Three brief profiles of Englishmen at the peak of the fashion establishment. Each of them worthy expositors of Hume’s civilisational goal, the refinement of the arts and sciences.
I love this passage from an interview with Edward Enninful, editor of British Vogue:
“I used to spend all my money on books I couldn’t afford just so I could learn about the people who had been before — all the great editors, the great designers. You have to study. [Styling] is not just going to a party and thinking you’re fabulous because you know how to put outfits together,” he says, likening styling more to acting or singing. “You have to study your craft.”
Enninful is very much establishment: as the journalist jubilantly tell us, “he has the power to determine whose stories are told at all” (https://www.washingtonpost.com/graphics/2018/lifestyle/edward-enninful-vogue-fashion-editor/). V&R Chapter 7 reviews Kolnai’s arguments for the moral positivity of privilege and establishment, and it is good to see an establishment figure so bookish.
Andrew Bolton is an establishment figure par excellence. He sets the themes for the Met’s annual fashion exhibition. He grew up in Lancashire, close to where I did, and studied anthropology at the University of East Anglia, in the lovely city of Norwich. Oddly enough, the Kolnai archive was housed there for a while. Again, it is good to see an establishment fashion figure with such a solid theoretical background (https://www.anothermag.com/fashion-beauty/11816/andrew-bolton-met-gala-anna-wintour-alexander-mcqueen-sarabande).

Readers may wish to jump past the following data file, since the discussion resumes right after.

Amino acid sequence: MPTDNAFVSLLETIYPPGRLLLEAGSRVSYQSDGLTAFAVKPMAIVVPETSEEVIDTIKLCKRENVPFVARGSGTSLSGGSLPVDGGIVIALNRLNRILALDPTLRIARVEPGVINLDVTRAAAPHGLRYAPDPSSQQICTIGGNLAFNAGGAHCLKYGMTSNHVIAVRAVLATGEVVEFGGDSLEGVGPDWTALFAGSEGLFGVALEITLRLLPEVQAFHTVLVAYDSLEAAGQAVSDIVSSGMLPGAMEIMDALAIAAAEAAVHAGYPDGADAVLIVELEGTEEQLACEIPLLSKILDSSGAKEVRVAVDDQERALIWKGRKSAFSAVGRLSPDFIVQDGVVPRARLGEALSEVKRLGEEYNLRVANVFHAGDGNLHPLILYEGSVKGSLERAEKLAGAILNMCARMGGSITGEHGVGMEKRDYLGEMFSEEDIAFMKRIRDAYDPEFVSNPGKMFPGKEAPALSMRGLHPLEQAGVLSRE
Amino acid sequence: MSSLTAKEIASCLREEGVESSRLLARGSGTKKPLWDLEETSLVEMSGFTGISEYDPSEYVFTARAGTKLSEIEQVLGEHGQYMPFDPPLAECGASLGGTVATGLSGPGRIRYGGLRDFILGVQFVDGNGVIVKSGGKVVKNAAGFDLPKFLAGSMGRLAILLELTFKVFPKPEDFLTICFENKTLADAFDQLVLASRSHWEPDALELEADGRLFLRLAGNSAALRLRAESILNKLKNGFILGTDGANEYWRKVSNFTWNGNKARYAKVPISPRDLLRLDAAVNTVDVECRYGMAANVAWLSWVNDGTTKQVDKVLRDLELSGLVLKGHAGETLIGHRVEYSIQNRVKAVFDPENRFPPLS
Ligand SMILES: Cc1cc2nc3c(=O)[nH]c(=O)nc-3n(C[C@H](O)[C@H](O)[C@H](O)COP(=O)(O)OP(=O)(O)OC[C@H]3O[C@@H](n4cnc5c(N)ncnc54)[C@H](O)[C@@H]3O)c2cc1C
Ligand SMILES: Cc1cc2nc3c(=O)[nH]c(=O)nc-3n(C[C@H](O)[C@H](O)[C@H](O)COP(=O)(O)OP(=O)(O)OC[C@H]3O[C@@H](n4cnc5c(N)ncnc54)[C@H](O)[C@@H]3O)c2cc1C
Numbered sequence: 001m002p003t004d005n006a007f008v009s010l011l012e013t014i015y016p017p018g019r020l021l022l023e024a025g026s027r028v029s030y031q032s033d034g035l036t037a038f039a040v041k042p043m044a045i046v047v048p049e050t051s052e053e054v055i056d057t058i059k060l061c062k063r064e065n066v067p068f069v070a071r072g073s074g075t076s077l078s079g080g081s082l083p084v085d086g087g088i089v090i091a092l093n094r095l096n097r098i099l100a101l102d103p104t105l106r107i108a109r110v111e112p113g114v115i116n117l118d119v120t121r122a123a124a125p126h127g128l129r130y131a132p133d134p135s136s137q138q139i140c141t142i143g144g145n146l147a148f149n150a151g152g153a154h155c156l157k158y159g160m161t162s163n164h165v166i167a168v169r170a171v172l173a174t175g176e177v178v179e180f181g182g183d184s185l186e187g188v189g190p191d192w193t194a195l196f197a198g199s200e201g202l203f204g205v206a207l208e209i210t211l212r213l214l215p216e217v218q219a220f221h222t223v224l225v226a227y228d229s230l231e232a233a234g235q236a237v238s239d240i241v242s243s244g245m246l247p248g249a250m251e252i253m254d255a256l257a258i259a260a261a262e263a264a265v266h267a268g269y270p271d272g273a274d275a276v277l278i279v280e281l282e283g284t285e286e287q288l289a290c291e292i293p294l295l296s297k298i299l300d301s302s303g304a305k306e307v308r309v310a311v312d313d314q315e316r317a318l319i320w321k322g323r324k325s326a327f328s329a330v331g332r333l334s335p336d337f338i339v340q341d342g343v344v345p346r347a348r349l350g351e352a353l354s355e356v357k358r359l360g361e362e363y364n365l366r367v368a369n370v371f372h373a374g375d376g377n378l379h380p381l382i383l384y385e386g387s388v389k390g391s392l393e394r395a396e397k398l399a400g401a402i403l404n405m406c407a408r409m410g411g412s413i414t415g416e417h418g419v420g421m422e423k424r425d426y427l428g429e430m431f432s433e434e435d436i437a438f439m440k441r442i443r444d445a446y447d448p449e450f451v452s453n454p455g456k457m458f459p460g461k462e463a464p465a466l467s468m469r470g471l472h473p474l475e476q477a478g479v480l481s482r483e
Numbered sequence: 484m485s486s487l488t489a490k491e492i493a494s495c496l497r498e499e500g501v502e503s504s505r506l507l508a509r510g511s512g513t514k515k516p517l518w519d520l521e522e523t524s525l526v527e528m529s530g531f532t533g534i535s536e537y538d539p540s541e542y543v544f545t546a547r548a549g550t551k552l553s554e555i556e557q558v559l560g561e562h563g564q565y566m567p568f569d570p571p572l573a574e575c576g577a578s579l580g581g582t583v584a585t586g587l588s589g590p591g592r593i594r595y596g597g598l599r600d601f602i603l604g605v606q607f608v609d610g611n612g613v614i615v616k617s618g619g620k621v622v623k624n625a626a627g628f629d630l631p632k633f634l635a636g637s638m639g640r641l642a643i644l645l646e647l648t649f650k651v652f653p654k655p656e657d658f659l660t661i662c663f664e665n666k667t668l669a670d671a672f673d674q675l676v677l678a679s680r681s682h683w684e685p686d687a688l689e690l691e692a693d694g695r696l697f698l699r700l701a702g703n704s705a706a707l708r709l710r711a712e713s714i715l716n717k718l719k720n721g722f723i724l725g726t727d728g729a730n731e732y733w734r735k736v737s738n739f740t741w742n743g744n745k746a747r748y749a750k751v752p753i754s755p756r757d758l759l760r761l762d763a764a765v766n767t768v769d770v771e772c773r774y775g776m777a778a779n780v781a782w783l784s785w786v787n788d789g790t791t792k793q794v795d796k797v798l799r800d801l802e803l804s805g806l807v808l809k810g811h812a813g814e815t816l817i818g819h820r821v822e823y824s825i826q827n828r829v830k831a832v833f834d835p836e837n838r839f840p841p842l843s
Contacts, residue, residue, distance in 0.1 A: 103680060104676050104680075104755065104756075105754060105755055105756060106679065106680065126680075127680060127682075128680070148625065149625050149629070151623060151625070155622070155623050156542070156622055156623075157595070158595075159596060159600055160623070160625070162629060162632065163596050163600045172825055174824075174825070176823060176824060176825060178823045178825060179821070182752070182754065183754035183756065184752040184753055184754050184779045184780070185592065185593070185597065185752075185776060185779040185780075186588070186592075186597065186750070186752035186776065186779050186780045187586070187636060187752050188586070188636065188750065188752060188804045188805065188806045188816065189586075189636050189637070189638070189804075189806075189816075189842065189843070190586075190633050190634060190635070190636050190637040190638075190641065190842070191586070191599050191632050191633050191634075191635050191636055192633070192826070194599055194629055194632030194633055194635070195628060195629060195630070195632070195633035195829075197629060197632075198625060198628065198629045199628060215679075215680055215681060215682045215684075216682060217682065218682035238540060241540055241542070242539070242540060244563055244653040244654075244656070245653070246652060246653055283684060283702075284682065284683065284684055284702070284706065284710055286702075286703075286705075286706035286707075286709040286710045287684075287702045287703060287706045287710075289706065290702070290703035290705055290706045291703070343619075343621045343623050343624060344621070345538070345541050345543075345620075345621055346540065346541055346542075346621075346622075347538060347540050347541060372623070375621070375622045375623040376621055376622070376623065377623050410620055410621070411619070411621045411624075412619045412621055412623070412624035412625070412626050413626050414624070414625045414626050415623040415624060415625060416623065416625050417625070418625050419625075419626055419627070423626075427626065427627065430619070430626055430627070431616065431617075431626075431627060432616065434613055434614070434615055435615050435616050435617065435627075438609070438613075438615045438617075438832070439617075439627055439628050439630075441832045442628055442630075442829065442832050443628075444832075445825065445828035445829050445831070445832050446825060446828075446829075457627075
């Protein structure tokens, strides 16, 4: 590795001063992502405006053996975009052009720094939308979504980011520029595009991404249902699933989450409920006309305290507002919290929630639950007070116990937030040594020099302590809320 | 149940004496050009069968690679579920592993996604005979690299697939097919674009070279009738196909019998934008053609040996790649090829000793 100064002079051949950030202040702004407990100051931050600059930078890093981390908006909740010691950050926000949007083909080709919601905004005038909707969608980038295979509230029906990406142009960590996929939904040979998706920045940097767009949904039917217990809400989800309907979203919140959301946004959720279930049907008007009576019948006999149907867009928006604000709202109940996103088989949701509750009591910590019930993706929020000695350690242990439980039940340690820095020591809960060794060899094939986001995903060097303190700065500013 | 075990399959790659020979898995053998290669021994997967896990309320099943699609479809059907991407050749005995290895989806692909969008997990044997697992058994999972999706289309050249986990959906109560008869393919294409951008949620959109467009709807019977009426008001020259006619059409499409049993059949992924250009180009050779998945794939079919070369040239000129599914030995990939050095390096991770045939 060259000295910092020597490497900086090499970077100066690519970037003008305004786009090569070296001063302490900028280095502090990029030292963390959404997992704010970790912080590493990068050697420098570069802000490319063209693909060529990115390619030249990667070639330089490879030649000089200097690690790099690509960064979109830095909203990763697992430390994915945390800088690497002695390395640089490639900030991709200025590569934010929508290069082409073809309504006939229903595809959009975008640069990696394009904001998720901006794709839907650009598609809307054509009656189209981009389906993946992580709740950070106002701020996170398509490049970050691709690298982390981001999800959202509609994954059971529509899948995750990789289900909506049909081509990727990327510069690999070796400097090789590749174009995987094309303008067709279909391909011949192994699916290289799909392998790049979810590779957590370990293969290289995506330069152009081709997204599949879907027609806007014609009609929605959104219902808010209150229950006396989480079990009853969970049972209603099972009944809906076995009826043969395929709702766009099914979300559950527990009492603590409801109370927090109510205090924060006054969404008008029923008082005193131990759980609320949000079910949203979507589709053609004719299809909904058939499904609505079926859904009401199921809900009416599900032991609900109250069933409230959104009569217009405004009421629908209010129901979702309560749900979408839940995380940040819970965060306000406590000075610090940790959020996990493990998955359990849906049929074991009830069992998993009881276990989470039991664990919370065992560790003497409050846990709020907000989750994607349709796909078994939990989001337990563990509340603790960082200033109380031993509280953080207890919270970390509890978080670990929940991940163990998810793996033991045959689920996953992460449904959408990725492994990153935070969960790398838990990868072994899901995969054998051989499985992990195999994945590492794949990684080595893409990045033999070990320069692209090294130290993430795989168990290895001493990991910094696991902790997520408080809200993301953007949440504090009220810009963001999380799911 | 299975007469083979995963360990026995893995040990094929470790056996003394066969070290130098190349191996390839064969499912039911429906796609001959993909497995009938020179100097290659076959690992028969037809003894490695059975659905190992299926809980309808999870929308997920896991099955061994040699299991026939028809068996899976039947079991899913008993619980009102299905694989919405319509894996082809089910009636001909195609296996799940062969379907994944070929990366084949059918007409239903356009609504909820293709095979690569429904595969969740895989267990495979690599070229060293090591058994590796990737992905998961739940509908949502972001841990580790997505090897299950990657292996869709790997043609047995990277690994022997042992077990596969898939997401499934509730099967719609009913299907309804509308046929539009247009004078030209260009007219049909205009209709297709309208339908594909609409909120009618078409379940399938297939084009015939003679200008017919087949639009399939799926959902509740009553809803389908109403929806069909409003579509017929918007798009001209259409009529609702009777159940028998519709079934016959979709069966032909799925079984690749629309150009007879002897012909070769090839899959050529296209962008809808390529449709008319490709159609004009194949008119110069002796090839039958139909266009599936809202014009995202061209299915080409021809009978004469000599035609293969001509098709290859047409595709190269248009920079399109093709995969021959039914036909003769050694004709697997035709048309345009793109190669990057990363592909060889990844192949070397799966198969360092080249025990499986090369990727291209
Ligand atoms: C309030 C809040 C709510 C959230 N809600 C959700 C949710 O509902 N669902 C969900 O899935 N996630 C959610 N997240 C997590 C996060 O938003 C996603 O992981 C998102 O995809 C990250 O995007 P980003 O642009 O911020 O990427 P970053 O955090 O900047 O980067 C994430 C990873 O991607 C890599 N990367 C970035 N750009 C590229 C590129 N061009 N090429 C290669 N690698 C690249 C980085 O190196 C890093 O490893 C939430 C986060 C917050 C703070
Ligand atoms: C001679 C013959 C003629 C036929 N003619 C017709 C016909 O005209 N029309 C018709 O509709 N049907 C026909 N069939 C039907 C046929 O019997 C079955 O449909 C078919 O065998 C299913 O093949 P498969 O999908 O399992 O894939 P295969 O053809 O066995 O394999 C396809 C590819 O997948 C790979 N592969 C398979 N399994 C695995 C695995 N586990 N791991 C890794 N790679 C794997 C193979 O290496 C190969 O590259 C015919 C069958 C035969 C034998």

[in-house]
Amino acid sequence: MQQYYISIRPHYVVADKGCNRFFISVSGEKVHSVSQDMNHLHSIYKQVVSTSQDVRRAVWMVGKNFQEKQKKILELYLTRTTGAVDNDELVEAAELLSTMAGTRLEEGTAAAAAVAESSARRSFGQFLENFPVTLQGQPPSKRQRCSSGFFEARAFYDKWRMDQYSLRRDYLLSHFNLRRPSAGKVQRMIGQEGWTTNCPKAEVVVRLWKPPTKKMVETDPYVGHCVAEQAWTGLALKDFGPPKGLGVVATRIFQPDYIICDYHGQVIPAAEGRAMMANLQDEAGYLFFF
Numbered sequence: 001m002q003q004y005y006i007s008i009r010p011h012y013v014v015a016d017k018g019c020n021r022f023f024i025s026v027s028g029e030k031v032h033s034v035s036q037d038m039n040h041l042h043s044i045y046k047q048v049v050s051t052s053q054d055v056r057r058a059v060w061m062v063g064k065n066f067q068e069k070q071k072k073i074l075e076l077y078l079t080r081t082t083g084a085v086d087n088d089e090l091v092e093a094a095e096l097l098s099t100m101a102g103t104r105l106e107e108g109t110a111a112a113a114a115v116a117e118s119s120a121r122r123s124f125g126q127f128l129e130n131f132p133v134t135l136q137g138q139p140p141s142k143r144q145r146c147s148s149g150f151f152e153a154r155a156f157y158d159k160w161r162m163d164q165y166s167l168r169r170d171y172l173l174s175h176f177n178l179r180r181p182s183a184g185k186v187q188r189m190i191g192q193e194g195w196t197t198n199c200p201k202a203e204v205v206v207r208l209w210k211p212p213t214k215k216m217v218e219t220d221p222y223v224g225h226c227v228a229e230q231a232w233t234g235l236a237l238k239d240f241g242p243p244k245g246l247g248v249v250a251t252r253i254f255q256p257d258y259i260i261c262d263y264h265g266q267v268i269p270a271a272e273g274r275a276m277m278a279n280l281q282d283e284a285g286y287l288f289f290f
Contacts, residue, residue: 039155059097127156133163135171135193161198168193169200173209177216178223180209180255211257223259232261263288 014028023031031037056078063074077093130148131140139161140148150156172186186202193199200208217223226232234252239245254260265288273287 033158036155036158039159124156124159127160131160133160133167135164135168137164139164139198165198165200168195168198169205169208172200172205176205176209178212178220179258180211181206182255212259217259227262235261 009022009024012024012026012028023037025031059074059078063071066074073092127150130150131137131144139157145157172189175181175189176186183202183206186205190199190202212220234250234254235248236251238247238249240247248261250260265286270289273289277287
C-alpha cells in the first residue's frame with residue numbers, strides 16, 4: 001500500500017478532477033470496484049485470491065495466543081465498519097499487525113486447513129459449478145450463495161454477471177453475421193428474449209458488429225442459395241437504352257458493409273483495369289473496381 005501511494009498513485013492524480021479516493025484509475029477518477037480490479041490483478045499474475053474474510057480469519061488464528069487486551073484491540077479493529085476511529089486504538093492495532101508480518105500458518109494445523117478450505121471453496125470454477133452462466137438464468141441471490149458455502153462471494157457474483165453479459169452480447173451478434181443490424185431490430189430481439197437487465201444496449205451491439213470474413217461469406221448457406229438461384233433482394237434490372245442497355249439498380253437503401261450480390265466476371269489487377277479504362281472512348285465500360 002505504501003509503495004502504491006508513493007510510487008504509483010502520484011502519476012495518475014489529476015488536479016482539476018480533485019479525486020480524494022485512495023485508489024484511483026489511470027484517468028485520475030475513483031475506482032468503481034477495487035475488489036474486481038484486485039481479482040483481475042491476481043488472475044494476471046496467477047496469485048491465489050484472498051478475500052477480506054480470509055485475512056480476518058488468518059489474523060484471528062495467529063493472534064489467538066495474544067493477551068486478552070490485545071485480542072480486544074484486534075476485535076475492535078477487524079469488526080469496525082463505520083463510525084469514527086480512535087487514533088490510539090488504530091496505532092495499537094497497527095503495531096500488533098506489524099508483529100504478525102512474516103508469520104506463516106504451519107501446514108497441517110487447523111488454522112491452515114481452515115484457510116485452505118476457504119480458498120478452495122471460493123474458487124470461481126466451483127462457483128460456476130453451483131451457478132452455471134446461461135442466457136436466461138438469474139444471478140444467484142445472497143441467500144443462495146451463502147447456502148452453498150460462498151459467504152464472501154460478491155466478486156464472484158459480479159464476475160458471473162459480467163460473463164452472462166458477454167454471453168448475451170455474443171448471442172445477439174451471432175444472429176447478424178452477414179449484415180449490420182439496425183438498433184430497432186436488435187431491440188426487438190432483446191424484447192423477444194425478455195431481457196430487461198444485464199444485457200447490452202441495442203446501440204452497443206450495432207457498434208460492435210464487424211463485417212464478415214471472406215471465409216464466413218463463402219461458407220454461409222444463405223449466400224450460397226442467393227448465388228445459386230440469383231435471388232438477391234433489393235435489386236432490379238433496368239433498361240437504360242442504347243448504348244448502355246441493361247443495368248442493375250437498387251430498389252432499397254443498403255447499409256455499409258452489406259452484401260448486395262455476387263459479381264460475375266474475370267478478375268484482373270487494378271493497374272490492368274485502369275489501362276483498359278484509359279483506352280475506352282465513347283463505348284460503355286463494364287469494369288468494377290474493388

Sir Jony Ive has semi-retired from Apple and it is likely no person has shaped the beauty of our contemporary world more than him. Not only has the Queen made him a KBE, he is also the Chancellor of the Royal College of Art, and outgoing design chief at Apple. Sir Jony was instrumental in making Apple the establishment company it is today. This interesting article points out that the iPhone is a net benefit to the environment. It is a classic Humean example: even though the iPhone does require some unusual minerals, it has replaced a swath of other electrical gadgets that have all been rolled into the iPhone’s own functionality. Apple’s refinement of the arts and sciences has helped dematerialize tech and limited industrialism’s impact on our geography (https://www.wired.com/story/iphone-environment-consumption/).